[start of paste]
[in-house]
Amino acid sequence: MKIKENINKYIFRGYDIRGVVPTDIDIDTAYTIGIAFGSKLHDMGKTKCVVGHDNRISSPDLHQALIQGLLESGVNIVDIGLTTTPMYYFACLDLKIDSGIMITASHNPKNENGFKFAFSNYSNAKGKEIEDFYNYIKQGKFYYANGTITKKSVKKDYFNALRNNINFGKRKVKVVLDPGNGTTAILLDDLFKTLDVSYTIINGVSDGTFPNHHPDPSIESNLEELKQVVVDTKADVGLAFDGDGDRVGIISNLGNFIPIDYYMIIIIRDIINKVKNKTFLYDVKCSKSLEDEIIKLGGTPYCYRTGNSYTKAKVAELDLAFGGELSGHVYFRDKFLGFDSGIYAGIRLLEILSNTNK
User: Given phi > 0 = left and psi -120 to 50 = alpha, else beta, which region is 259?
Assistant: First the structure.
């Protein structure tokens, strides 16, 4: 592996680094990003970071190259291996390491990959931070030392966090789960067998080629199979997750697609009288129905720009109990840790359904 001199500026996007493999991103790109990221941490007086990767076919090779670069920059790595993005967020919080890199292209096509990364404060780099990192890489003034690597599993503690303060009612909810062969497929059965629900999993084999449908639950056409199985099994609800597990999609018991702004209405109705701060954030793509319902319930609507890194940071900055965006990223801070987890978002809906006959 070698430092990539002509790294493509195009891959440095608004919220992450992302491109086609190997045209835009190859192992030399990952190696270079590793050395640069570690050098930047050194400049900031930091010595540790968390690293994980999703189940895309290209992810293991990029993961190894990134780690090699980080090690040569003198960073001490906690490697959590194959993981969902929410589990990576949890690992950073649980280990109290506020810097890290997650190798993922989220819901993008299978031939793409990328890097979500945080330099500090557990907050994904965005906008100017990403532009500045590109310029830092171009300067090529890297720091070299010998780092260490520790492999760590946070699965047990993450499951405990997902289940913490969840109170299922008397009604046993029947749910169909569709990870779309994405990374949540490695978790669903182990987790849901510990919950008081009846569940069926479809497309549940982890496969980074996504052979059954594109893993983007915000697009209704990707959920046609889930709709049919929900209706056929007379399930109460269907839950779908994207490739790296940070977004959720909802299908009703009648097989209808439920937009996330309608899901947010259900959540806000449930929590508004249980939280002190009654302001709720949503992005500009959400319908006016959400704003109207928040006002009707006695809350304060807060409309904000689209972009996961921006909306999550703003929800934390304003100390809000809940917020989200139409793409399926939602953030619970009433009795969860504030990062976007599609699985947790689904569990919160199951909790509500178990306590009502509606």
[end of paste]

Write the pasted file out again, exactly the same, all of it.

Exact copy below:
[in-house]
Amino acid sequence: MKIKENINKYIFRGYDIRGVVPTDIDIDTAYTIGIAFGSKLHDMGKTKCVVGHDNRISSPDLHQALIQGLLESGVNIVDIGLTTTPMYYFACLDLKIDSGIMITASHNPKNENGFKFAFSNYSNAKGKEIEDFYNYIKQGKFYYANGTITKKSVKKDYFNALRNNINFGKRKVKVVLDPGNGTTAILLDDLFKTLDVSYTIINGVSDGTFPNHHPDPSIESNLEELKQVVVDTKADVGLAFDGDGDRVGIISNLGNFIPIDYYMIIIIRDIINKVKNKTFLYDVKCSKSLEDEIIKLGGTPYCYRTGNSYTKAKVAELDLAFGGELSGHVYFRDKFLGFDSGIYAGIRLLEILSNTNK
User: Given phi > 0 = left and psi -120 to 50 = alpha, else beta, which region is 259?
Assistant: First the structure.
């Protein structure tokens, strides 16, 4: 592996680094990003970071190259291996390491990959931070030392966090789960067998080629199979997750697609009288129905720009109990840790359904 001199500026996007493999991103790109990221941490007086990767076919090779670069920059790595993005967020919080890199292209096509990364404060780099990192890489003034690597599993503690303060009612909810062969497929059965629900999993084999449908639950056409199985099994609800597990999609018991702004209405109705701060954030793509319902319930609507890194940071900055965006990223801070987890978002809906006959 070698430092990539002509790294493509195009891959440095608004919220992450992302491109086609190997045209835009190859192992030399990952190696270079590793050395640069570690050098930047050194400049900031930091010595540790968390690293994980999703189940895309290209992810293991990029993961190894990134780690090699980080090690040569003198960073001490906690490697959590194959993981969902929410589990990576949890690992950073649980280990109290506020810097890290997650190798993922989220819901993008299978031939793409990328890097979500945080330099500090557990907050994904965005906008100017990403532009500045590109310029830092171009300067090529890297720091070299010998780092260490520790492999760590946070699965047990993450499951405990997902289940913490969840109170299922008397009604046993029947749910169909569709990870779309994405990374949540490695978790669903182990987790849901510990919950008081009846569940069926479809497309549940982890496969980074996504052979059954594109893993983007915000697009209704990707959920046609889930709709049919929900209706056929007379399930109460269907839950779908994207490739790296940070977004959720909802299908009703009648097989209808439920937009996330309608899901947010259900959540806000449930929590508004249980939280002190009654302001709720949503992005500009959400319908006016959400704003109207928040006002009707006695809350304060807060409309904000689209972009996961921006909306999550703003929800934390304003100390809000809940917020989200139409793409399926939602953030619970009433009795969860504030990062976007599609699985947790689904569990919160199951909790509500178990306590009502509606």